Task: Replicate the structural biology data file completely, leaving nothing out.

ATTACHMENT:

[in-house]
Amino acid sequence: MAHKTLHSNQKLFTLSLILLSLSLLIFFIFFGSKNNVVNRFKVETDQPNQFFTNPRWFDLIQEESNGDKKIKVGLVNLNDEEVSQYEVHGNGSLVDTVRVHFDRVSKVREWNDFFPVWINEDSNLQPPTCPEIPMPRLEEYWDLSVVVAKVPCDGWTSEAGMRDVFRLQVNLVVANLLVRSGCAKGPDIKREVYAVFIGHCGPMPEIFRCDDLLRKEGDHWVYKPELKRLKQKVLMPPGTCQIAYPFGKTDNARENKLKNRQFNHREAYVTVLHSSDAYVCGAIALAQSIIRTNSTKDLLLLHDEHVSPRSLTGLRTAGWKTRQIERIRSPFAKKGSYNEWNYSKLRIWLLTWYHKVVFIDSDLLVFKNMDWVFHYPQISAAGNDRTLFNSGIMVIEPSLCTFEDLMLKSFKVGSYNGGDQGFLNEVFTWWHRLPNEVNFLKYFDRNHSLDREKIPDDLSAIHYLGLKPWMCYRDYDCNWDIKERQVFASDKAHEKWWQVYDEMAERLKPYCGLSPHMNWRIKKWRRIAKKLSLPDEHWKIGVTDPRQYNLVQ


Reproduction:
[in-house]
Amino acid sequence: MAHKTLHSNQKLFTLSLILLSLSLLIFFIFFGSKNNVVNRFKVETDQPNQFFTNPRWFDLIQEESNGDKKIKVGLVNLNDEEVSQYEVHGNGSLVDTVRVHFDRVSKVREWNDFFPVWINEDSNLQPPTCPEIPMPRLEEYWDLSVVVAKVPCDGWTSEAGMRDVFRLQVNLVVANLLVRSGCAKGPDIKREVYAVFIGHCGPMPEIFRCDDLLRKEGDHWVYKPELKRLKQKVLMPPGTCQIAYPFGKTDNARENKLKNRQFNHREAYVTVLHSSDAYVCGAIALAQSIIRTNSTKDLLLLHDEHVSPRSLTGLRTAGWKTRQIERIRSPFAKKGSYNEWNYSKLRIWLLTWYHKVVFIDSDLLVFKNMDWVFHYPQISAAGNDRTLFNSGIMVIEPSLCTFEDLMLKSFKVGSYNGGDQGFLNEVFTWWHRLPNEVNFLKYFDRNHSLDREKIPDDLSAIHYLGLKPWMCYRDYDCNWDIKERQVFASDKAHEKWWQVYDEMAERLKPYCGLSPHMNWRIKKWRRIAKKLSLPDEHWKIGVTDPRQYNLVQ